Of course, television was first used to communicate to a broad populace in the Third Reich. It was proven there to unite public opinion and control the masses. Why wouldn't corporate America use the same tools? The devastating effects of television on culture are legion, and now multiple studies have confirmed that hours of exposure to television and video games are inversely proportionate to a child's academic success. But one unfortunate side effect that I think most people don't see is that young adults in our culture raised on television have become suspicious of stories. We've become jaded somewhere because for hundreds of hours we've been given stories laced with advertising. We don't trust storytellers anymore. We feel that they're not giving to us; rather, they are magicians, using a slight of hand trick to steal our coin and leave us hungry. Those of us who have grown into critical thinkers have become deconstructionists, picking apart the bait to find the hook, lest we na•vely swallow it. And so we should, for most of the free stories available in our culture are packaged with political or religious propaganda, or poisoned with the hypnosis of advertising.
Tragically, it's not only on television that companies are capitalizing on our longing for meaningful stories. In the world of marketing and product developments, designers and marketers begin with a story before any products are designed. They conjure a typical American dream that includes products they can envision making, and they tailor entire characters and lifestyles around those characters. Again, the archetypal world—the unconscious world of gods, goddesses, heroes and adventures—is all harnessed by marketers and designers for their products. These forces are used not to educate, nurture, heal, or inspire the culture; on the contrary, they are used to extract money from it, to prey upon it, and to take what it can from the people. Story and the world of story is now being used very consciously, with pointed attention and with billions of dollars of backing, to hook our imagination via an identification with particular archetypes. "You could be great, beautiful, rich, powerful—loved—if you only had this," is the message we receive again and again.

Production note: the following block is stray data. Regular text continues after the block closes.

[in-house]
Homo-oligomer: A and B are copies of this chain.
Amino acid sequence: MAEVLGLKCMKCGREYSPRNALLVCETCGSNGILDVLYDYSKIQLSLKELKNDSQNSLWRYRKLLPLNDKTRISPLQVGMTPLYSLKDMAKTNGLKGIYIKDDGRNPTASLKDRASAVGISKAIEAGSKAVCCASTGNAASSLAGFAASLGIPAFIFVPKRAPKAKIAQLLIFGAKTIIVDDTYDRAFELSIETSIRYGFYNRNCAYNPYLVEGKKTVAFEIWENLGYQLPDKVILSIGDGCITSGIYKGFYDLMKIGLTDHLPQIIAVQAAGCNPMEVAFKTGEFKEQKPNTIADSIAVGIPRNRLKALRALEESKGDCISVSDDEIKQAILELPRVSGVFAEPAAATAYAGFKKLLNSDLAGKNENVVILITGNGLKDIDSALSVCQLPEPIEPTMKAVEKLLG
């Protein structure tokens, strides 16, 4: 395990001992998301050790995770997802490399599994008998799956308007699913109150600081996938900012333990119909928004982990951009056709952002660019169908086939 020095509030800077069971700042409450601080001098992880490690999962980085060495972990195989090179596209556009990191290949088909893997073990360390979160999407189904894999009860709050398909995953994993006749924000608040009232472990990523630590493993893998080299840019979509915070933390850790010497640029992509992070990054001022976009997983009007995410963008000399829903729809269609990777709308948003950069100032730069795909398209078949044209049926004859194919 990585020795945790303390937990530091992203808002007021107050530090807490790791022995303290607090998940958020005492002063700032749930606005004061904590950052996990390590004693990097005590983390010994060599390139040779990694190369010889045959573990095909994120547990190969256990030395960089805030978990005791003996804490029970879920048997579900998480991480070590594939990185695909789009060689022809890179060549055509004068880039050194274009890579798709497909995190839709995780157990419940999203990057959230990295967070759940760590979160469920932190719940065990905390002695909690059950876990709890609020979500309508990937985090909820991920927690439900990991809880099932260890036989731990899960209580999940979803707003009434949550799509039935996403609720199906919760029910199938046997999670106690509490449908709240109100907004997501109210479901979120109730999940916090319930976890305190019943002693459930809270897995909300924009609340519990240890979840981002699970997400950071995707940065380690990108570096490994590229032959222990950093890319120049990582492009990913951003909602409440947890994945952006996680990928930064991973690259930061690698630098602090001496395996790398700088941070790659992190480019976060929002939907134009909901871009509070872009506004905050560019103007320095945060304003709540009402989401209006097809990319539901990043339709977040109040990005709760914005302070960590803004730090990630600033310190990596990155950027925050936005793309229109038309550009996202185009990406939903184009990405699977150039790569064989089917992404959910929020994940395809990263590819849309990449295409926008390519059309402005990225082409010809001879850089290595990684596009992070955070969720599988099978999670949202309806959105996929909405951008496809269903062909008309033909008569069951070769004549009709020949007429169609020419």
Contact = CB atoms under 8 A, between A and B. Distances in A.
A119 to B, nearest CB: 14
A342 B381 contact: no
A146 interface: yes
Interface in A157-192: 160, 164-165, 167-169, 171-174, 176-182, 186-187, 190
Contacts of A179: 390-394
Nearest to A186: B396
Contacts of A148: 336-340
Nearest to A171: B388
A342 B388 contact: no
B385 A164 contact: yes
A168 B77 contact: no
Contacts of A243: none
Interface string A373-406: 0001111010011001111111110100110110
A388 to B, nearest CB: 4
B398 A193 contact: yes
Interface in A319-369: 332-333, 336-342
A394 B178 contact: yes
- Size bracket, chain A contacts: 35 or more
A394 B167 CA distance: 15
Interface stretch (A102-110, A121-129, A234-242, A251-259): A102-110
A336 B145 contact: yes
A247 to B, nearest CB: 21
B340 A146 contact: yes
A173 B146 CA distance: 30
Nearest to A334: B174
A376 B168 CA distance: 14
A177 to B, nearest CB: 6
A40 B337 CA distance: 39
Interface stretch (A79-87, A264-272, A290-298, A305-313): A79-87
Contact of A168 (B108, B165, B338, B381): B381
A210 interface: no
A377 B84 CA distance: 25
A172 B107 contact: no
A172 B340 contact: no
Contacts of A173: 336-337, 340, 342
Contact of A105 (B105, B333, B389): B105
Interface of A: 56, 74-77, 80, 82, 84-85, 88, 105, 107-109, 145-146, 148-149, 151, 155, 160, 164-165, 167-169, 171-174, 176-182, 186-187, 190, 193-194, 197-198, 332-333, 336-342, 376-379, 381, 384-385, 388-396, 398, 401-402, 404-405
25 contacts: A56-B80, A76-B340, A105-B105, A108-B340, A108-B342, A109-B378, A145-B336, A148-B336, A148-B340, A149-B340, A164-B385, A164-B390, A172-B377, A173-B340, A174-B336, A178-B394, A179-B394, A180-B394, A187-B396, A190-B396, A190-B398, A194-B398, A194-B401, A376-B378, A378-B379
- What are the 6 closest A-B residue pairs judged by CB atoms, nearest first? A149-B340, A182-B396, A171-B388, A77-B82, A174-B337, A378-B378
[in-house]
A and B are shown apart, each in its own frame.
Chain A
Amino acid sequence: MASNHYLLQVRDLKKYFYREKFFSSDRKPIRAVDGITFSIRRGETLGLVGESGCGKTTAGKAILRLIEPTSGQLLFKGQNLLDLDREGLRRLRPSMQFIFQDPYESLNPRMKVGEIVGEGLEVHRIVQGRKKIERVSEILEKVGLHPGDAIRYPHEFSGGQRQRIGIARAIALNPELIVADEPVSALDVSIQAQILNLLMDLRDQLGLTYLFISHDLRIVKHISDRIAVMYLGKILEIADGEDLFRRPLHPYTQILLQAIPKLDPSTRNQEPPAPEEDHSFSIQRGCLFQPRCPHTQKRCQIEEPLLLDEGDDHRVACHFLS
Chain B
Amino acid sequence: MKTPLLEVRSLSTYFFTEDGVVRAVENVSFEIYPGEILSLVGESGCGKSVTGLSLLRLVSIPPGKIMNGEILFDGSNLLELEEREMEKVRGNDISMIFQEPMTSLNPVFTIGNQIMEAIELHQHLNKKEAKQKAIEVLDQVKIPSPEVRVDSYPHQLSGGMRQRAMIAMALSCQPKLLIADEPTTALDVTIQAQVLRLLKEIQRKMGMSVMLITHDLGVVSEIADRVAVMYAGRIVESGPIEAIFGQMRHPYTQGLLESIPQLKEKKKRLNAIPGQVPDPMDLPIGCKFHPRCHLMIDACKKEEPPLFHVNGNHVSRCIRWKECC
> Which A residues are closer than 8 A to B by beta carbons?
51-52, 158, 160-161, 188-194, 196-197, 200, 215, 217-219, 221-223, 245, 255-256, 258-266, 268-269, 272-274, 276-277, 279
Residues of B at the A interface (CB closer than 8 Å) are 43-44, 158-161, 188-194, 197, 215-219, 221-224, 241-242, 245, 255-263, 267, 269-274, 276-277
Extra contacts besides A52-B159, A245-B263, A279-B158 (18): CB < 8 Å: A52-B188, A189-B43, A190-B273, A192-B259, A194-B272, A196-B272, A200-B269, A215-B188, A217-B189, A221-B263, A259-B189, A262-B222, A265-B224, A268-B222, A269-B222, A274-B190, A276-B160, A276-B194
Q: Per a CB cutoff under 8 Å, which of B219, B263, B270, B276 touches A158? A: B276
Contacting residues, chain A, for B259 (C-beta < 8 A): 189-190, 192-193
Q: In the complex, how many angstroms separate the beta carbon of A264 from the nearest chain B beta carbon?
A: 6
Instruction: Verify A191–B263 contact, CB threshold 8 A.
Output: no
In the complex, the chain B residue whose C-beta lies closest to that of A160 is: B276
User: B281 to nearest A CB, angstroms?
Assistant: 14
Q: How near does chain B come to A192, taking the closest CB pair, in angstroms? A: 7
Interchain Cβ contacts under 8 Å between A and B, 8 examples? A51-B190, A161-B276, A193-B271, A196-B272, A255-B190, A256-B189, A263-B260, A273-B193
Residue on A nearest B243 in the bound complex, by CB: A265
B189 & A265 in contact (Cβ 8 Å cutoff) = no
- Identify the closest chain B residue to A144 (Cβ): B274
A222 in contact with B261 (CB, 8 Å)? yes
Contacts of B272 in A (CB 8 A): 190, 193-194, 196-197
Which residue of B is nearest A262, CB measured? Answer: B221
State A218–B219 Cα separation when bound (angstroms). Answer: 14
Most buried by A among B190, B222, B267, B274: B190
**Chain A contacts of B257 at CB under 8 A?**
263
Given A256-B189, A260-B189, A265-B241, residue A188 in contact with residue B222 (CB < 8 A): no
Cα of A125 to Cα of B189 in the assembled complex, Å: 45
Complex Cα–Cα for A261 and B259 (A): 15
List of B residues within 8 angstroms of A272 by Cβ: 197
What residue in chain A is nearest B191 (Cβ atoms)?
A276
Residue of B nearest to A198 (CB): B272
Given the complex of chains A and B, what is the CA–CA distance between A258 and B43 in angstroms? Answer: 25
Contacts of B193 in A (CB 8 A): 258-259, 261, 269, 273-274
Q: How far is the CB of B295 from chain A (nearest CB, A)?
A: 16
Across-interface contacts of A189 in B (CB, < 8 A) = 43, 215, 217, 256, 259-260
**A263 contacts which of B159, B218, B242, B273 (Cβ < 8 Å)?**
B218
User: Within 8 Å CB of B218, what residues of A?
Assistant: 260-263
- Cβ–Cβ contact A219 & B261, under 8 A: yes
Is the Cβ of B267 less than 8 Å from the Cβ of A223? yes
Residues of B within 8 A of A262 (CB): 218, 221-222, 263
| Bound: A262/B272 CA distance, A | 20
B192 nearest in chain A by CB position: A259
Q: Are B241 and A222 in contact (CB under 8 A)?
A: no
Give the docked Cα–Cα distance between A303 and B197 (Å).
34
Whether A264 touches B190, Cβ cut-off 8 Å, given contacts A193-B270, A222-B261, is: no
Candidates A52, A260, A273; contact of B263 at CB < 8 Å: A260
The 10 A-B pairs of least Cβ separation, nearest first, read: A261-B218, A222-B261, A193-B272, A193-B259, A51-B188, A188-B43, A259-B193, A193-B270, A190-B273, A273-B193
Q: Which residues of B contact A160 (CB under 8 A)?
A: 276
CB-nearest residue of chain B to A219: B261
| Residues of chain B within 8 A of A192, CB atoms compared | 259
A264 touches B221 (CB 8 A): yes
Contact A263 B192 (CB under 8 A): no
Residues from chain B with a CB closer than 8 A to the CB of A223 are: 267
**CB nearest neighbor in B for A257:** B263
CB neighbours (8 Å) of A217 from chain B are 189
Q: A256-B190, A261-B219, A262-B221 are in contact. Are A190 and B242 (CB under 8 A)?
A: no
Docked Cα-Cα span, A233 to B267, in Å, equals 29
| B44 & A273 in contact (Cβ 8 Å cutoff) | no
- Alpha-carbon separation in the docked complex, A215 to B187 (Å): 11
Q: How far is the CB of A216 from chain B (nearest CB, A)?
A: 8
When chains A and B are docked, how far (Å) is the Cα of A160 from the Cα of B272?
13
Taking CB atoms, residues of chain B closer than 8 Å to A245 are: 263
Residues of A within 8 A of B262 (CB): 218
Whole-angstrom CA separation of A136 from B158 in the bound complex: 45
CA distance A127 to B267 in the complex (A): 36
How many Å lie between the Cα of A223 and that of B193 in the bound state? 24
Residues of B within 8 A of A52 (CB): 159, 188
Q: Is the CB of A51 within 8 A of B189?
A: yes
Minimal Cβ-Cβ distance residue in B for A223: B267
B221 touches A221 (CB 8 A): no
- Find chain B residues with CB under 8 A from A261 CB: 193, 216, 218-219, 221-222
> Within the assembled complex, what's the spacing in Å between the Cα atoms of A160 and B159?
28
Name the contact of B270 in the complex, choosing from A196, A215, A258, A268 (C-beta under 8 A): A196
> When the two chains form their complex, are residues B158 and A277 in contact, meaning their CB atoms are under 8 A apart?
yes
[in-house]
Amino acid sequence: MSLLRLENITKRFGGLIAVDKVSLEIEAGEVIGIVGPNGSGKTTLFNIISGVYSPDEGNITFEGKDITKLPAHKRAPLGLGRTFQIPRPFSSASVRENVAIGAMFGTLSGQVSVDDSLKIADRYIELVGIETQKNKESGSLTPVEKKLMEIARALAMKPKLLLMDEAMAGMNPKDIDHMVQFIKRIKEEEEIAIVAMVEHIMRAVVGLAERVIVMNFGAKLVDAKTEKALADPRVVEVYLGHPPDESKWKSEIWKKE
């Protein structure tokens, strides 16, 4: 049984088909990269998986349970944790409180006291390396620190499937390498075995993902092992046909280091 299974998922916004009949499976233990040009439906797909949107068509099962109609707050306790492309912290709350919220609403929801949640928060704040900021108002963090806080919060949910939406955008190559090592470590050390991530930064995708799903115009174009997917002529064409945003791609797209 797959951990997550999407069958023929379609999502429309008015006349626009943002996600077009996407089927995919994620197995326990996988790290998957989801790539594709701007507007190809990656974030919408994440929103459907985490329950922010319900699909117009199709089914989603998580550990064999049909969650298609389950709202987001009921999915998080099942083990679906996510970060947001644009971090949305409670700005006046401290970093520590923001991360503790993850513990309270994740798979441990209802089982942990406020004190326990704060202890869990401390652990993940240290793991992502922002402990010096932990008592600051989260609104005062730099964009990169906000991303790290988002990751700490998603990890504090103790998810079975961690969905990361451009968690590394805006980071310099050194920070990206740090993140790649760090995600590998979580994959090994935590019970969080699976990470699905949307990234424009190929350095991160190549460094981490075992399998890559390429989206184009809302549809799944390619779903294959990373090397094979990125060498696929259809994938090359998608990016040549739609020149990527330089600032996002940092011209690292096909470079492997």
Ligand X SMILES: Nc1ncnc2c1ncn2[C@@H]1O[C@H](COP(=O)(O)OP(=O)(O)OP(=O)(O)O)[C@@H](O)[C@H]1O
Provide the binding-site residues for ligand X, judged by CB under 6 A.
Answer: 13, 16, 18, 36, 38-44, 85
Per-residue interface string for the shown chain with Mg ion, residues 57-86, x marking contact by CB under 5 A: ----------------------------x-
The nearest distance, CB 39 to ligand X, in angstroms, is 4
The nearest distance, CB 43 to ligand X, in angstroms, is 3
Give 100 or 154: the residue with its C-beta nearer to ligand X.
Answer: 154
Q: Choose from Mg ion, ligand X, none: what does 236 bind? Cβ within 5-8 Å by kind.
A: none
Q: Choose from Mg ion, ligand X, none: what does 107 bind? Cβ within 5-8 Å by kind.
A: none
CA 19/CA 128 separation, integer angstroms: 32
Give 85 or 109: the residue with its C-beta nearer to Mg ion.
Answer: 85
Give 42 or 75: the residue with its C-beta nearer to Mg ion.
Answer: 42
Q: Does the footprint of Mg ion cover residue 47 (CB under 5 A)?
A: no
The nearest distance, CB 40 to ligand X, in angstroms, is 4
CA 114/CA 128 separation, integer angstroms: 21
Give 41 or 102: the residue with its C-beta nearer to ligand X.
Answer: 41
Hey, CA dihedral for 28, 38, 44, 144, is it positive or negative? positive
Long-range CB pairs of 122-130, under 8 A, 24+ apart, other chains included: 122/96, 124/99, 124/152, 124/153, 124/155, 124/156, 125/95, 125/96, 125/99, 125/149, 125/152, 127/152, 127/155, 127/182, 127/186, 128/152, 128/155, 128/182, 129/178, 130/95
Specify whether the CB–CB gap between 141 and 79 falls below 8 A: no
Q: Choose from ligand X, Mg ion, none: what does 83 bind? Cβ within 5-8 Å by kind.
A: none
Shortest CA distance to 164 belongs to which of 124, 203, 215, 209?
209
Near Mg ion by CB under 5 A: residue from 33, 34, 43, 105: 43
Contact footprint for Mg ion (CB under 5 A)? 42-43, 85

How do we combat such forces that threaten to strip us of our very heritage as human beings—our stories; that re-package them to sell them back to us for their profit? We must become storytellers. We must tell stories about our lives, we must tell our myths. We must give back to the culture stories designed not to create fear or desires, but tales that put teaching before a profit, and are told without profits in mind.
We must share tales that warn us of the tricksters that would steal from us—tales that expose to us the tricks tricksters use, or our children will grow into naive and gullible adults, learning only through getting taken.
We must tell of the powers our ancestors were given when they worked in harmony with Life and Love. We must share the wisdom of generosity, of the soul's beauty over the transitory beauty of costly goods. We are already one people: rather than preying upon ourselves like a cancer, we must bring life, light, and love into the corners of our culture—our world—that need it most.
I encourage you to learn a tale you love and put it in your own words. Sew it to the fabric of your own heart, season it with your own experiences, and tell it to someone you care about. Or take an event that happened in your own life and give it life by telling it again. If you tell of your problem and how you overcame it—no matter what the resolution—you will teach others something, and they will learn to recognize your path: whether to follow or avoid it. If we re-infuse our culture with stories, our need will gradually get met without television or video games, without shiny shoes that make us feel like heroes or costly cars that give us the illusory mask of a champion.
Fairy tales tell us that an inner steed of great power waits within our hearts: it is the mare who has been neglected, the pock-covered horse, the one lying in the mud in the far corner of our stable. Find her; she is within you. Feed her; she eats fresh oats from the field, or the flaming cinders of your hearth. Comb her mane and tail, and ride upon her back; her pocks will fall away. Take the steed of your power upon the hills, into the dark forests of the world; she will guide you along the way. She will speak to you as you ride the winds. She knows your heart's desire. And she will take you home.
©2005 Craig Coss